The Japan Aerospace Exploration Agency (JAXA) Robo-Pro Challenge also uses Astrobees, providing students the opportunity to create software programs to control one of the robots. Crew members initiate the programs, which move Astrobee to a target and illuminate it with a laser pointer. Participants receive a score based on how their programs complete each task. The challenge teaches about space robot technology and gives them hands-on experience creating software and observing how it works. Such experience helps build critical skills needed to solve problems on Earth and could encourage students to pursue careers in the space industry or related science, technology, engineering, and mathematics fields. During the week, crew members conducted briefings for running the challenge.
Other investigations on which the crew performed work:
- InSPACE-4 studies using magnetic fields to assemble tiny structures from colloids, or particles suspended in a liquid. Results could provide insight into how to harness nanoparticles to fabricate and manufacture new materials.
- Repository regularly collects biological specimens from crew members before, during, and after flight, archiving them to support current and future study of human physiological changes and adaptation to microgravity and spaceflight.
Image above: Hardware used for ESA EML investigations, including EML Batch 3 - CCEMLCC, which investigates the surface structure of chill-cooled industrial steel alloys. Image Credit: NASA.
- EML Batch 3 - CCEMLCC, an investigation from ESA (European Space Agency), uses the Electromagnetic Levitator (EML) to investigate the surface structure of chill-cooled industrial steel alloys, a class of structural metals with a variety of construction and transport applications.
- The ISS Experience is a virtual reality film series documenting life and research aboard the space station. Filmed over multiple months, it includes crew activities ranging from conducting science experiments to preparing for a spacewalk.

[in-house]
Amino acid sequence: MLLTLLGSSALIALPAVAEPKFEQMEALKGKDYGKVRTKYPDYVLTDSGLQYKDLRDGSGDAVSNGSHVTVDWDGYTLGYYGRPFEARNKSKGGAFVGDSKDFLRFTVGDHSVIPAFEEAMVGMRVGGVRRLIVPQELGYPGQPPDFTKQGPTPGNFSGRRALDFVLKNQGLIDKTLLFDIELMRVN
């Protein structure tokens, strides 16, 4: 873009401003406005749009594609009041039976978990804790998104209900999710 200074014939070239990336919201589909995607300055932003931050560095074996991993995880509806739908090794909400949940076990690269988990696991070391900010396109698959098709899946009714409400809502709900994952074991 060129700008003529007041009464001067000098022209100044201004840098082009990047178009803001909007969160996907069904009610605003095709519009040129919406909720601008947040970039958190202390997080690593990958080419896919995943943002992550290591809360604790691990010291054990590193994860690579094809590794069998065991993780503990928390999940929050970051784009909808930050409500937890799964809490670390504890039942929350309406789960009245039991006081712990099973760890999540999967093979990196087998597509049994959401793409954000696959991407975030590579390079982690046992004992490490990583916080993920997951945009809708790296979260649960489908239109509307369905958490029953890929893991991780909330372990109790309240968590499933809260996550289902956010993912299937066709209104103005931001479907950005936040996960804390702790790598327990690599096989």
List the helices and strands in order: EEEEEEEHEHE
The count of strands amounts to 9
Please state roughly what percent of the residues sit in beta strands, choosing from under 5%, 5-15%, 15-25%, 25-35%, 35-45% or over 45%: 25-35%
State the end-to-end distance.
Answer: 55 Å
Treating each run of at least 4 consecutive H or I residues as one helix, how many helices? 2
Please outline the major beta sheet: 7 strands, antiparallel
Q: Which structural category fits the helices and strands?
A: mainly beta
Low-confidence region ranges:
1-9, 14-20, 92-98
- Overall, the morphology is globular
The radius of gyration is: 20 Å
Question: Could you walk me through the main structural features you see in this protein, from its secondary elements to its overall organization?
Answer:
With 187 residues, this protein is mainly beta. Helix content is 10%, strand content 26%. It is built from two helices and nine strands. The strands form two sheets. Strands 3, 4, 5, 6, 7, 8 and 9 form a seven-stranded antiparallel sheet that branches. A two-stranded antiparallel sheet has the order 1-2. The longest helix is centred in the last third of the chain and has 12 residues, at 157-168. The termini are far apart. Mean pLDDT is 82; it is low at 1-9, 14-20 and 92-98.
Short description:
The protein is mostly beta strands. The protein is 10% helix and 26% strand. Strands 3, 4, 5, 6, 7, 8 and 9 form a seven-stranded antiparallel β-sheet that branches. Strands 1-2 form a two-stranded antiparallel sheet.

- Cool Flames Investigation with Gases, part of the ACME series of studies, observes chemical reactions of cool flames, which burn at lower temperatures. Nearly impossible to create in Earth’s gravity, cool flames are easily created in microgravity and studying them may improve understanding of combustion and fires on Earth.
- Food Acceptability looks at how the appeal of food changes during long-duration missions. Whether crew members like and actually eat foods directly affects caloric intake and associated nutritional benefits.
Space to Ground: Around the Bend: 08/06/2021
Expedition 65: https://www.nasa.gov/mission_pages/station/expeditions/expedition65/index.html
Butterfly IQ Ultrasound: https://www.nasa.gov/mission_pages/station/research/experiments/explorer/Investigation.html?#id=8211
RFID Recon: https://www.nasa.gov/mission_pages/station/research/experiments/explorer/Investigation.html?#id=7722
Robo-Pro Challenge: https://www.nasa.gov/mission_pages/station/research/experiments/explorer/Investigation.html?#id=7979
ISS National Lab: https://www.issnationallab.org/
Spot the Station: https://spotthestation.nasa.gov/
Space Station Research and Technology: https://www.nasa.gov/mission_pages/station/research/overview.html
International Space Station (ISS): https://www.nasa.gov/mission_pages/station/main/index.html
Images (mentioned), Video (NASA), Text, Credits: NASA/Ana Guzman/John Love, ISS Research Planning Integration Scientist Expedition 65.